A Poem for a Gloomy Day

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April 10, 2013 by Ray Yanek

The last blog I wrote (before Spring Break, before the stacks of research essays to grade, before the softball and soccer practices, spring cleaning, yard work, and other npm2013_logoresponsibilities in general) I mentioned my love of words.  I’ve been thinking a lot about that love over the past week and a half, maybe because I haven’t been writing as much as I should.

When I don’t write anything for a couple of days, I start to feel a void.  I start to get a little wistful, and if I abstain from writing for to long the world just doesn’t seem right, my head doesn’t feel right.

npm2013_poster_540I remembered only this morning for example, 10 days in, that April is National Poetry Month.

I don’t read enough poetry, which seems odd given my fondness for all the magical things one can do with words.

So I thought today, as a way to honor National Poetry Month, and as a way to put at least some words on paper, I would share a poem that I enjoy, that showcases the power of words.

It seems also, a poem fitting for a rainy morning like the one outside my window right now.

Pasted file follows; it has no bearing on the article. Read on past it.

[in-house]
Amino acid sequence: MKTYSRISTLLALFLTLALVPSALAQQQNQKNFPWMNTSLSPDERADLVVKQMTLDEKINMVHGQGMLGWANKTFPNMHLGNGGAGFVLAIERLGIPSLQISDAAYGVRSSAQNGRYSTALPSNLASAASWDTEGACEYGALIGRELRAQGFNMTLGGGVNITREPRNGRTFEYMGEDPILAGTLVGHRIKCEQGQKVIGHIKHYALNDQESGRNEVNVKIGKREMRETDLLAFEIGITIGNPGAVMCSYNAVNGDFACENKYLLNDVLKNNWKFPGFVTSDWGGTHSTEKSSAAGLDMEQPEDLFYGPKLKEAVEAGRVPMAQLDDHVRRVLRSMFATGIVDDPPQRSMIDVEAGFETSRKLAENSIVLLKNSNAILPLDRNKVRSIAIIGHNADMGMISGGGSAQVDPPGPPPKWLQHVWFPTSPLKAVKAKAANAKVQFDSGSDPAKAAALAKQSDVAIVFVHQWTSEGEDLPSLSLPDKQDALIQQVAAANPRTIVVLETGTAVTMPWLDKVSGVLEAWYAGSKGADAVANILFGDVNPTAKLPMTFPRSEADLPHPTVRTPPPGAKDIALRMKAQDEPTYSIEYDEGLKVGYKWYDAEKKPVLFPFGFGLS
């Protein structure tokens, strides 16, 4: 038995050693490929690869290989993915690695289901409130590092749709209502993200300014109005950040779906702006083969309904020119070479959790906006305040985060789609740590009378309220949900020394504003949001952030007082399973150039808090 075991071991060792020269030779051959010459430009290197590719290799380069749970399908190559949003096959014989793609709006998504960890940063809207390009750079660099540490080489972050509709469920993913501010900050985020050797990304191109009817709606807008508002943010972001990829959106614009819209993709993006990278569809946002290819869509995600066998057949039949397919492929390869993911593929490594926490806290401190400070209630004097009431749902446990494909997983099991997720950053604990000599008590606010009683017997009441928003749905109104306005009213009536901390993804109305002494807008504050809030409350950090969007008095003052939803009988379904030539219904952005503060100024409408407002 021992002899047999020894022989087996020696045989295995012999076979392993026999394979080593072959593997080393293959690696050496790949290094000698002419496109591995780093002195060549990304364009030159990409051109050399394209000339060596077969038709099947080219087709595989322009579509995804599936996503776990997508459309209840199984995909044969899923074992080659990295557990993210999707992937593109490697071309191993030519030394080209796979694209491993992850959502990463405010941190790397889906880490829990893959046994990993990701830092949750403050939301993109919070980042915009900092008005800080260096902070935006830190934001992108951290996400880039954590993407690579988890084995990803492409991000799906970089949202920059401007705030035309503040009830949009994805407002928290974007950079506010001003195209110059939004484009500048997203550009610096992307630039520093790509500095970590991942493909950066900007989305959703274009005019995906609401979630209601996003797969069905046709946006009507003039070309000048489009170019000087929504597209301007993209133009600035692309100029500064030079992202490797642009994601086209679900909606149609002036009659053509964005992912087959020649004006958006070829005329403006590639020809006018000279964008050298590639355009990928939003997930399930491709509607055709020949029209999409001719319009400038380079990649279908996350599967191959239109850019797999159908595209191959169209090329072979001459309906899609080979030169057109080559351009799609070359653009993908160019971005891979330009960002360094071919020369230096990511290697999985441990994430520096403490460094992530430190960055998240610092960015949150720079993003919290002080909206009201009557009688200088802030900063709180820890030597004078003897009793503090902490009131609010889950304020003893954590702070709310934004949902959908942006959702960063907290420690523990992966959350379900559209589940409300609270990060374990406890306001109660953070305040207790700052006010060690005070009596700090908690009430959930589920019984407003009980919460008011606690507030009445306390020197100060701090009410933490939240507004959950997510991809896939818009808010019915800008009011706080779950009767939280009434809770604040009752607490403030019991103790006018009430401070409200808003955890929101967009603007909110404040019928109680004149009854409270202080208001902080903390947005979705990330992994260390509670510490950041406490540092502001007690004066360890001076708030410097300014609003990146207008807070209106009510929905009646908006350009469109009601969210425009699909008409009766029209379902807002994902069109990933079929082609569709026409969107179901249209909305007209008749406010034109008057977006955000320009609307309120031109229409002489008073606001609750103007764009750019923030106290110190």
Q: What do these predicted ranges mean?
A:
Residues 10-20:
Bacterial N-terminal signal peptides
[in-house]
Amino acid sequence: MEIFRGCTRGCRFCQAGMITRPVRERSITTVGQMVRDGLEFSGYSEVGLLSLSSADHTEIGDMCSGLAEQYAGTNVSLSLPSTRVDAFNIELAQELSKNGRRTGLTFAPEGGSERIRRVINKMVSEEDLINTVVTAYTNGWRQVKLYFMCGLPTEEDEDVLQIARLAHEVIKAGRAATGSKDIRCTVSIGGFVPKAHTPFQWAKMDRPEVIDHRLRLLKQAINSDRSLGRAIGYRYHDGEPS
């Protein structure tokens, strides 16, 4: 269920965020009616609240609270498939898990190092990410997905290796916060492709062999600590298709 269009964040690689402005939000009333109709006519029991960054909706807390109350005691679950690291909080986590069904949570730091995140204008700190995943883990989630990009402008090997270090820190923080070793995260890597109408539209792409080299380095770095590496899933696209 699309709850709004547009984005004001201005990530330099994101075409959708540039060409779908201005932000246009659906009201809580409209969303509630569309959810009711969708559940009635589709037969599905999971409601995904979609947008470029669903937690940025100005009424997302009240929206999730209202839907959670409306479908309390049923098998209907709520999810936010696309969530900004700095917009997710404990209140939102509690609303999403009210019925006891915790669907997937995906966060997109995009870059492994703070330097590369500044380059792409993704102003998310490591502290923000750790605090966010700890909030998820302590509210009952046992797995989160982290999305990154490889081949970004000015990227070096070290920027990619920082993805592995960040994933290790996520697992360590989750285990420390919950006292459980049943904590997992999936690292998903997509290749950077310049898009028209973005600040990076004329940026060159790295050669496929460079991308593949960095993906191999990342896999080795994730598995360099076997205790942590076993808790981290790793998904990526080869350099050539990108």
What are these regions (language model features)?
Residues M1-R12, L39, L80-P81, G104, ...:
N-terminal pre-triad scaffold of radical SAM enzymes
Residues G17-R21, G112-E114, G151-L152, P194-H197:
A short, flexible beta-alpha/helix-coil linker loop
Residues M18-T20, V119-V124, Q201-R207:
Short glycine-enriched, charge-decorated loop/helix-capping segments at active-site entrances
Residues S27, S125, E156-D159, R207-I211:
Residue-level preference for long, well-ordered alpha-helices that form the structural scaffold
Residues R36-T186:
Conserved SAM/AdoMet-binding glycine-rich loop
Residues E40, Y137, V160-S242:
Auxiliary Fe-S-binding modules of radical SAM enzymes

What lips my lips have kissed, and where, and why (Sonnet XLIII)

By: Edna St. Vincent Millay

What lips my lips have kissed, and where, and why,

I have forgotten, and what arms have lain

Under my head till morning; but the rain

Is full of ghosts tonight, that tap and sigh

Upon the glass and listen for reply,

And in my heart there stirs a quite pain

For unremembered lads that not again

Will turn to me at midnight with a cry.

Thus in winter stands the lonely tree,

Nor knows what birds have vanished one by one,

Yet knows its boughs more silent than before:

I cannot say what loves have come and gone,

I only know that summer sang in me

A little while, that in me sings no more.

–Taken from The Academy of American Poets.  Originally published Collected Poems by Edna St. Vincent Millay, published by Harper & Brothers Publishers. Copyright © 1956 by Norma Millay Ellis.

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